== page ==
Ian Payne 10pm - 1am
PM accused of 'turning blind eye to Chris Pincher warnings' as more allegations emerge
2 July 2022, 23:12 | Updated: 3 July 2022, 09:03
The Prime Minister has been accused of deliberately ignoring warnings about his former deputy chief whip Chris Pincher, as fresh allegations against the MP emerged.
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Mr Pincher resigned from his post and had the Tory whip withdrawn after allegations he 'groped' two men after drinking "far too much" at a Tory private members club.
The Telegraph reports Boris Johnson was warned about previous allegations of sexual misconduct against Mr Pincher prior to his appointment.
The paper says he turned a blind eye to the claims - and even lost another whip over it, with Craig Whittaker now said to have resigned in protest at Mr Pincher's appointment.
Mr Pincher resigned as deputy chief whip on Thursday.
In his resignation letter he said he had "embarrassed myself and other people" after drinking "far too much".
Whilst the letter made no direct reference to allegations levelled against him, The Sun reported Mr Pincher had been accused of groping two men.
Since then other allegations have been made.
The Times reported a young Tory activist said he had received an unwanted sexual advance from Mr Pincher last year.
And on Saturday night the Independent said an anonymous Tory MP had claimed to have been groped twice by the former deputy chief whip.
Work and Pensions Secretary Therese Coffey insisted Mr Johnson was "not aware of specific claims" about Mr Pincher before making him Tory deputy chief whip.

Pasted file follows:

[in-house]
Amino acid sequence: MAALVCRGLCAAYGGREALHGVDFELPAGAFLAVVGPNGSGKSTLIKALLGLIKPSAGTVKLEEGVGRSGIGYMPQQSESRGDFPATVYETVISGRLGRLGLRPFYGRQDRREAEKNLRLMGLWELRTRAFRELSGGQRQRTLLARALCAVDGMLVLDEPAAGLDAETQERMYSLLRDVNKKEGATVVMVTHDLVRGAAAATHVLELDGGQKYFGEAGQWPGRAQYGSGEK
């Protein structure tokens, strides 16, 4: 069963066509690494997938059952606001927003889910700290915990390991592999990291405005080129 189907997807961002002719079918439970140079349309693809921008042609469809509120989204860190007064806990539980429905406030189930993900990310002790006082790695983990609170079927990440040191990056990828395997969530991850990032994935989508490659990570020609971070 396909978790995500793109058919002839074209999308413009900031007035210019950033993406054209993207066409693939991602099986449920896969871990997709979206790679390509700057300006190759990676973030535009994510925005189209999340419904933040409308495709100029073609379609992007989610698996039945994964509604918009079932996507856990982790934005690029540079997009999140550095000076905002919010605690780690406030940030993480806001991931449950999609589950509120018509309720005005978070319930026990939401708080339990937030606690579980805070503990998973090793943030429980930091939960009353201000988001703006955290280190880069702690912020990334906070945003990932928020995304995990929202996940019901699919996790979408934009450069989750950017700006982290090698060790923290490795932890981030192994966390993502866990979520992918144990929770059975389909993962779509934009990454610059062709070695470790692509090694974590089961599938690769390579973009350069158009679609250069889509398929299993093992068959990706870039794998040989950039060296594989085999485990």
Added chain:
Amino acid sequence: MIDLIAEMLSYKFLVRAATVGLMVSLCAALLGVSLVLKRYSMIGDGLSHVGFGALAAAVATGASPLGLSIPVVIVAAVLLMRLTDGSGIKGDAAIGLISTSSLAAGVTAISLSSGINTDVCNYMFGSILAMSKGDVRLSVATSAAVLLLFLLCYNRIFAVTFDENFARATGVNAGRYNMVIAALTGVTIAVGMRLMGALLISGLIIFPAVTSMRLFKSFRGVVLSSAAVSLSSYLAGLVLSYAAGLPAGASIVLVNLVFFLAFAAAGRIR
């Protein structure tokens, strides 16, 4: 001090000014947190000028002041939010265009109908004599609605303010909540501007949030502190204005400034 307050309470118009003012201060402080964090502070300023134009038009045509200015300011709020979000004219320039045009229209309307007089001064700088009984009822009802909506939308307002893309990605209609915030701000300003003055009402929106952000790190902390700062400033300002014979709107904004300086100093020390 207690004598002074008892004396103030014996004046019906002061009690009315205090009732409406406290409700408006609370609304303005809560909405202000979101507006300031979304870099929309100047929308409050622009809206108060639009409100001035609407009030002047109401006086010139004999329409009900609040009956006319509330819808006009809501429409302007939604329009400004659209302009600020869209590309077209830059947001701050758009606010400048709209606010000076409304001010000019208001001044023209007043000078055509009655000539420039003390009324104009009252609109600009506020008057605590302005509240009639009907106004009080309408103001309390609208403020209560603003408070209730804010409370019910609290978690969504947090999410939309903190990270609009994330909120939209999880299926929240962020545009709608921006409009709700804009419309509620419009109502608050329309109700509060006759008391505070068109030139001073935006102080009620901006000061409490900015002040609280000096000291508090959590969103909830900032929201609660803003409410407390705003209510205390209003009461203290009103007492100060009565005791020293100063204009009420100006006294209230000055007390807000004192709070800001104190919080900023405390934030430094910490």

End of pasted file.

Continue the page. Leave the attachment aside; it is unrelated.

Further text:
She said on Sky this morning: "I am aware that the Prime Minister was not aware of specific claims that had been made."
Mr Johnson is now facing tough questions over what he had been told prior to appointing Mr Pincher.
Dominic Cummings accused him of "lying again" and said the Prime Minister referred to the MP "laughingly in No 10 as 'Pincher by name, pincher by nature' long before appointing him".
But a No 10 spokesman said the Prime Minister had not been made aware of anything that would have prevented the appointment going ahead.
When Mr Johnson came under fire on Friday for not immediately withdrawing the whip from Mr Pincher, the spokesperson said: "In the absence of any formal complaints, it was not appropriate to stop an appointment on the basis of unsubstantiated allegations."
Whilst Mr Pincher quit his post as deputy chief whip and was suspended from the Tory party, he remains an MP.
On Saturday he said he was "truly sorry for the upset I caused" and said he was seeking "professional medical support".
"I respect the Prime Minister's decision to suspend the whip whilst an inquiry is underway, and I will cooperate fully with it," he said.
"As I told the Prime Minister, I drank far too much on Wednesday night, embarrassing myself and others and I am truly sorry for the upset I caused.
"The stresses of the last few days, coming on top of those over the last several months, have made me accept that I will benefit from professional medical support.
"I am in the process of seeking that now, and I hope to be able to return to my constituency duties as soon as possible."